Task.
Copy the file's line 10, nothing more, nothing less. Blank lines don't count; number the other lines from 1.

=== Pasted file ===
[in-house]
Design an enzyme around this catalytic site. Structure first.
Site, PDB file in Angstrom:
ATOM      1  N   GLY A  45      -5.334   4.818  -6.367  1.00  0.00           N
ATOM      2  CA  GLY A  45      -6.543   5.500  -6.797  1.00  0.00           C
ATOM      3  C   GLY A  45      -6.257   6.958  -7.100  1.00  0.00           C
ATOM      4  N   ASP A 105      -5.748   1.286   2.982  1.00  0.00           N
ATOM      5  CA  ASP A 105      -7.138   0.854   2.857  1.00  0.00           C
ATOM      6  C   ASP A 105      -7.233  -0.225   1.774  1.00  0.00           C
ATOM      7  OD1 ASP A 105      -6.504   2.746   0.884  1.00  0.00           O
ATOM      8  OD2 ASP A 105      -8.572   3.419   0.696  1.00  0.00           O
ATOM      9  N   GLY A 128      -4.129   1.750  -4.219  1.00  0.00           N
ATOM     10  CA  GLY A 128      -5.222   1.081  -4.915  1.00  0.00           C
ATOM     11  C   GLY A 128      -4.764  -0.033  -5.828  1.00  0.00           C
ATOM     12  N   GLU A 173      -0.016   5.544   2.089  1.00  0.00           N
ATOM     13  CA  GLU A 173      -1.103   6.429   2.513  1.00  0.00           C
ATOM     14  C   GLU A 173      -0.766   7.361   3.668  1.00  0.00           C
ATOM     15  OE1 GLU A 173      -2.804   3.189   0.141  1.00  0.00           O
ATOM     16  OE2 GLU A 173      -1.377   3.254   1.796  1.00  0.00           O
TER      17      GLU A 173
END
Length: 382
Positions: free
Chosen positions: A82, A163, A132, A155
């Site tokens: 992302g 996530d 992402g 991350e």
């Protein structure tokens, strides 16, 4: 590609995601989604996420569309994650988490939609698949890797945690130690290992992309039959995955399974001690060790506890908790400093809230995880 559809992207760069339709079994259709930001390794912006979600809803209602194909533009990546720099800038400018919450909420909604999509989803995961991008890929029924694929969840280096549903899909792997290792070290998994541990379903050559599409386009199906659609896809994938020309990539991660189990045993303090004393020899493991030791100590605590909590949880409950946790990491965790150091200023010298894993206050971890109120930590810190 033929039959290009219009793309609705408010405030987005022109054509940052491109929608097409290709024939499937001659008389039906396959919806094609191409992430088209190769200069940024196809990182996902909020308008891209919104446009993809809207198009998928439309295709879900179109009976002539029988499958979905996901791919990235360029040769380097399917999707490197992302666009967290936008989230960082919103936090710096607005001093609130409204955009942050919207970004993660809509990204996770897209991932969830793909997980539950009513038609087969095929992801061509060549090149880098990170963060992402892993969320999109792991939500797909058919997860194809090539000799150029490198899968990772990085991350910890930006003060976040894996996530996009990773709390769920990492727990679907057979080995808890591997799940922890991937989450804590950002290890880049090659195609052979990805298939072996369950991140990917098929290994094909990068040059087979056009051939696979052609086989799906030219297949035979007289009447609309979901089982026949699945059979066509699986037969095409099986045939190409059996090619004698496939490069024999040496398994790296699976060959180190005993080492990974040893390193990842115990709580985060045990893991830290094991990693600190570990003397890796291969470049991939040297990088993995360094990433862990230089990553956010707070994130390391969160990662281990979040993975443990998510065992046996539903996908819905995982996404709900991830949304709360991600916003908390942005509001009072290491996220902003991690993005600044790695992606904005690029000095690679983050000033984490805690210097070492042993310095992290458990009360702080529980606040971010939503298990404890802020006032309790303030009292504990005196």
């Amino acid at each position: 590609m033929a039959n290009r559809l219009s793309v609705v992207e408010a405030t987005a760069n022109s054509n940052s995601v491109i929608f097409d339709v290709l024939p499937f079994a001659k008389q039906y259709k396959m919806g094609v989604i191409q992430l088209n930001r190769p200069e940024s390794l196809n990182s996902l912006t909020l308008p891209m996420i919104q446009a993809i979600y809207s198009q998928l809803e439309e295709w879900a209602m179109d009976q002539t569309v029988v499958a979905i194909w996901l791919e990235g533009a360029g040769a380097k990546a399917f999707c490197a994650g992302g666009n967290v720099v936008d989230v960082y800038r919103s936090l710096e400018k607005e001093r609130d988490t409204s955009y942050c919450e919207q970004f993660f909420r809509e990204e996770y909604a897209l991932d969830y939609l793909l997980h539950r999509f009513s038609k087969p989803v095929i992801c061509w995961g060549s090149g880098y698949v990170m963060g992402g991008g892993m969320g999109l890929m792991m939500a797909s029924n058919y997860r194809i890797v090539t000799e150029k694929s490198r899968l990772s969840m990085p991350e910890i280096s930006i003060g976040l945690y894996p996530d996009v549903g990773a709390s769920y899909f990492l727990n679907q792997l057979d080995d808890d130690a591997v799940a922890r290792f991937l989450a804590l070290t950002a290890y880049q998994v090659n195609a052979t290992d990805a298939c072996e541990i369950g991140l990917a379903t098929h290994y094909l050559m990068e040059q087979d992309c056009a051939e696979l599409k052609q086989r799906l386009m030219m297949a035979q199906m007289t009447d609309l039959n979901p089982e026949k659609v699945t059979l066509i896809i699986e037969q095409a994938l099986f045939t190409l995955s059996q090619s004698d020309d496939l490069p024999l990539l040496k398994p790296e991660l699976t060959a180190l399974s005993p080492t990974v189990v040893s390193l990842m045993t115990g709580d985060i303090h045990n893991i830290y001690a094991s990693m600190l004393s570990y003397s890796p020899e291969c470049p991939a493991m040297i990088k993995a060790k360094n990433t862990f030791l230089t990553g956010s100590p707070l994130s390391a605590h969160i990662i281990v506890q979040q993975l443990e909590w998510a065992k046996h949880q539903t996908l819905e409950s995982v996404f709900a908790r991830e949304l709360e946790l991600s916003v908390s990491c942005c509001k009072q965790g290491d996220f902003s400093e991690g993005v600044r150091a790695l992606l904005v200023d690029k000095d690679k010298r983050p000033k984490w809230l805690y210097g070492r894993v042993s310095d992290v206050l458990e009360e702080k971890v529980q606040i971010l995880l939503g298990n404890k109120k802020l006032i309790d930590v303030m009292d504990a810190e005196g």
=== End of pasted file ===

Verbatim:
ATOM      7  OD1 ASP A 105      -6.504   2.746   0.884  1.00  0.00           O